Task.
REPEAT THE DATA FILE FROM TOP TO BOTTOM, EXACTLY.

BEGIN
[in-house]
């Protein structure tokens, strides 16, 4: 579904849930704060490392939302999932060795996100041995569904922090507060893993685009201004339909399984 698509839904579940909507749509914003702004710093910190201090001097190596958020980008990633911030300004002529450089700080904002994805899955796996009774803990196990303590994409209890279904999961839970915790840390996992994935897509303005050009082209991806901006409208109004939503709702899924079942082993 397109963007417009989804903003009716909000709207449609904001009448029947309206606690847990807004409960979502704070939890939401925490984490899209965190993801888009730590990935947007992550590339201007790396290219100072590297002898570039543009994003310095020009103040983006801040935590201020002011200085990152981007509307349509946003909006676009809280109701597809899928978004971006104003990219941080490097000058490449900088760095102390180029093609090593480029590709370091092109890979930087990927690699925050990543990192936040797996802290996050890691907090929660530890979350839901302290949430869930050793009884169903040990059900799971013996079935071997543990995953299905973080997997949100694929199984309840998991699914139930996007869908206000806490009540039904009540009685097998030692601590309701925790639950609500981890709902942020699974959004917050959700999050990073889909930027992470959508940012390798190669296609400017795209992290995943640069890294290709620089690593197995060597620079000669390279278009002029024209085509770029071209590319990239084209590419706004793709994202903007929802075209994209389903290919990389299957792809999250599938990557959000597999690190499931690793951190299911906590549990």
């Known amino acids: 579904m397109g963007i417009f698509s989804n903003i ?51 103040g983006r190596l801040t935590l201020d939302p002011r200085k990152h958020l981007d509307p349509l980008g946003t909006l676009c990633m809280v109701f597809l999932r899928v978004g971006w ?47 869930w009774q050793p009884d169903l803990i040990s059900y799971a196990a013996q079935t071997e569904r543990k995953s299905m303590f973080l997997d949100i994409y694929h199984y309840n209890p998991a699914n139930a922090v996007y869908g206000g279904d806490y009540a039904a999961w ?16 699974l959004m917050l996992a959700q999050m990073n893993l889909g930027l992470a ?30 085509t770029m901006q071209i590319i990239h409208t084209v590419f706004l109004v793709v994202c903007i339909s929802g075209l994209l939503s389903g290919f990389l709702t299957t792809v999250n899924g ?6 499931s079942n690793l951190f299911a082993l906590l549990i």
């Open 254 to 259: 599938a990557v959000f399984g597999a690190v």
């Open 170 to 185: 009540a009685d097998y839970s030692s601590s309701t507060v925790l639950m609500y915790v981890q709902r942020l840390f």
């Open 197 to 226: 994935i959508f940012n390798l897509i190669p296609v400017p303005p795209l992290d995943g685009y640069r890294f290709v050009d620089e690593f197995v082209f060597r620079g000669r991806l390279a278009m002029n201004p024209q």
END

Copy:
[in-house]
């Protein structure tokens, strides 16, 4: 579904849930704060490392939302999932060795996100041995569904922090507060893993685009201004339909399984 698509839904579940909507749509914003702004710093910190201090001097190596958020980008990633911030300004002529450089700080904002994805899955796996009774803990196990303590994409209890279904999961839970915790840390996992994935897509303005050009082209991806901006409208109004939503709702899924079942082993 397109963007417009989804903003009716909000709207449609904001009448029947309206606690847990807004409960979502704070939890939401925490984490899209965190993801888009730590990935947007992550590339201007790396290219100072590297002898570039543009994003310095020009103040983006801040935590201020002011200085990152981007509307349509946003909006676009809280109701597809899928978004971006104003990219941080490097000058490449900088760095102390180029093609090593480029590709370091092109890979930087990927690699925050990543990192936040797996802290996050890691907090929660530890979350839901302290949430869930050793009884169903040990059900799971013996079935071997543990995953299905973080997997949100694929199984309840998991699914139930996007869908206000806490009540039904009540009685097998030692601590309701925790639950609500981890709902942020699974959004917050959700999050990073889909930027992470959508940012390798190669296609400017795209992290995943640069890294290709620089690593197995060597620079000669390279278009002029024209085509770029071209590319990239084209590419706004793709994202903007929802075209994209389903290919990389299957792809999250599938990557959000597999690190499931690793951190299911906590549990």
């Known amino acids: 579904m397109g963007i417009f698509s989804n903003i ?51 103040g983006r190596l801040t935590l201020d939302p002011r200085k990152h958020l981007d509307p349509l980008g946003t909006l676009c990633m809280v109701f597809l999932r899928v978004g971006w ?47 869930w009774q050793p009884d169903l803990i040990s059900y799971a196990a013996q079935t071997e569904r543990k995953s299905m303590f973080l997997d949100i994409y694929h199984y309840n209890p998991a699914n139930a922090v996007y869908g206000g279904d806490y009540a039904a999961w ?16 699974l959004m917050l996992a959700q999050m990073n893993l889909g930027l992470a ?30 085509t770029m901006q071209i590319i990239h409208t084209v590419f706004l109004v793709v994202c903007i339909s929802g075209l994209l939503s389903g290919f990389l709702t299957t792809v999250n899924g ?6 499931s079942n690793l951190f299911a082993l906590l549990i």
């Open 254 to 259: 599938a990557v959000f399984g597999a690190v």
């Open 170 to 185: 009540a009685d097998y839970s030692s601590s309701t507060v925790l639950m609500y915790v981890q709902r942020l840390f």
């Open 197 to 226: 994935i959508f940012n390798l897509i190669p296609v400017p303005p795209l992290d995943g685009y640069r890294f290709v050009d620089e690593f197995v082209f060597r620079g000669r991806l390279a278009m002029n201004p024209q």